The Licensee shall take all reasonable measures and precautions to ensure the following:
1. That any person who, by medical examination or supervisory observation, is shown to have, or appears to have, an illness, open lesion, including boils, sores, or infected wounds, or any other abnormal source of microbial contamination for whom there is a reasonable possibility of contact with preparation surfaces for medical marijuana or MIPs shall be excluded from any operations which may be expected to result in such contamination until the condition is corrected.
2. That all persons working in direct contact with preparation of medical marijuana or MIPs shall conform to hygienic practices while on duty, including:
a. Maintaining adequate personal cleanliness.
b. Washing hands thoroughly in an adequate hand-washing area(s) before starting work and at any other time when the hands may have become soiled or contaminated.
c. Hand-washing facilities shall be adequate and convenient and be furnished with running water at a suitable temperature. Handwashing facilities shall be located in the facility in MIP preparation areas and where good sanitary practices require employees to wash and/or sanitize their hands, and provide effective hand-cleaning and sanitizing preparations and sanitary towel service or suitable drying devices.
d. Refraining from having direct contact with preparation of medical marijuana or MIPs if the person has or may have an illness, open lesion, including boils, sores, or infected wounds, or any other abnormal source of microbial contamination, until such condition is corrected.
"I made fun of this at a meeting in January," Edson says. "And now there's more stuff. It even throws in that this applies to people making hash."
More interesting developments: a mention of a storage warehouse permit, which Edson sees as establishing both "a new license and a new place where marijuana can legally be," specific references to outdoor grows that also confirms their legality, he believes, and a reference codifying a caregiver's ability to purchase medicine at a center and then deliver it to a homebound patient.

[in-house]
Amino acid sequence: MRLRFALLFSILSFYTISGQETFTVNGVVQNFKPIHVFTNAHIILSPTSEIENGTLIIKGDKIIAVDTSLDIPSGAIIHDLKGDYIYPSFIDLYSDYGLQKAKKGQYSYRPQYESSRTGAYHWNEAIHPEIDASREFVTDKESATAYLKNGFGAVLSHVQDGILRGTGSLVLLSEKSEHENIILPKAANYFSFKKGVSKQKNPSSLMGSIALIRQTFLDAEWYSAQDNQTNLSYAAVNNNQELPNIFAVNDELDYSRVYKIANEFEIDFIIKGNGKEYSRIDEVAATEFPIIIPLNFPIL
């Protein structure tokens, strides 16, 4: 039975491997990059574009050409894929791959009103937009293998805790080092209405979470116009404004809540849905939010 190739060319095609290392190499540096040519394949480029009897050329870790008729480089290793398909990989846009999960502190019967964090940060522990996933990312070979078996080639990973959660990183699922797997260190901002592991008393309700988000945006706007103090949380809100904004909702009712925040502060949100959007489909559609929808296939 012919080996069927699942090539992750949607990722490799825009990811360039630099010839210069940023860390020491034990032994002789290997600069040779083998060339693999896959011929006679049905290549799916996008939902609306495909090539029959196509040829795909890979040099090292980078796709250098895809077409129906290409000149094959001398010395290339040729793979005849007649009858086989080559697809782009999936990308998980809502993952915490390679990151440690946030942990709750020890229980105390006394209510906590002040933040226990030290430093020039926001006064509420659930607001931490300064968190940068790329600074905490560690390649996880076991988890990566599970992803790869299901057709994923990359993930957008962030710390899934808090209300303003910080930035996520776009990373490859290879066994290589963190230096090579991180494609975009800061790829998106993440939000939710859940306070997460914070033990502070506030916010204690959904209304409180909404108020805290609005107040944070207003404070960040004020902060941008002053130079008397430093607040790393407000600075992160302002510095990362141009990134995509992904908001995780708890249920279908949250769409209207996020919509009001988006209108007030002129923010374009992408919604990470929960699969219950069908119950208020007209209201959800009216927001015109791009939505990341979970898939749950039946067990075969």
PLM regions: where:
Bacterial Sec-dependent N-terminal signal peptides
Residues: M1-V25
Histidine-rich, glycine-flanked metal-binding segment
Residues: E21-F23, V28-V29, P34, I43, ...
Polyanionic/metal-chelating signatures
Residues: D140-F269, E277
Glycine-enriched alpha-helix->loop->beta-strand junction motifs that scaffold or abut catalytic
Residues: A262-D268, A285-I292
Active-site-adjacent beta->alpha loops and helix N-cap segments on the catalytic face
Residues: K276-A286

Less laudable for Edson? This sentence: "No change of location will be allowed except to another place within the same city, town, county or city and county in which the license as originally issued was to be exercised." In other words, he says, "if I had a business in Loveland and the nice people there voted me out of town, I couldn't move to Denver, because it's in a different county" -- and even starting the process over would be impossible, because "we've got a moratorium, and the moratorium might extend for another year. So it doesn't give any kind of out to the people who've been screwed by the voter issue."
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When asked for a general take, Edson concedes that the rules "are still not perfect. But it's clear that they listened and made some changes in response to what people asked. And to me, that's an incredibly positive event. Politics is difficult, but it appears to have worked as much as politics can work for us. People went out and complained, and it wasn't like the old days, where nothing would happen. This time, people complained, and changes were made for the better."
Page down to read the new rules:
More from our Marijuana archive: "Medical marijuana: 2,000 patient aps to be nixed under health board MMJ doc compromise."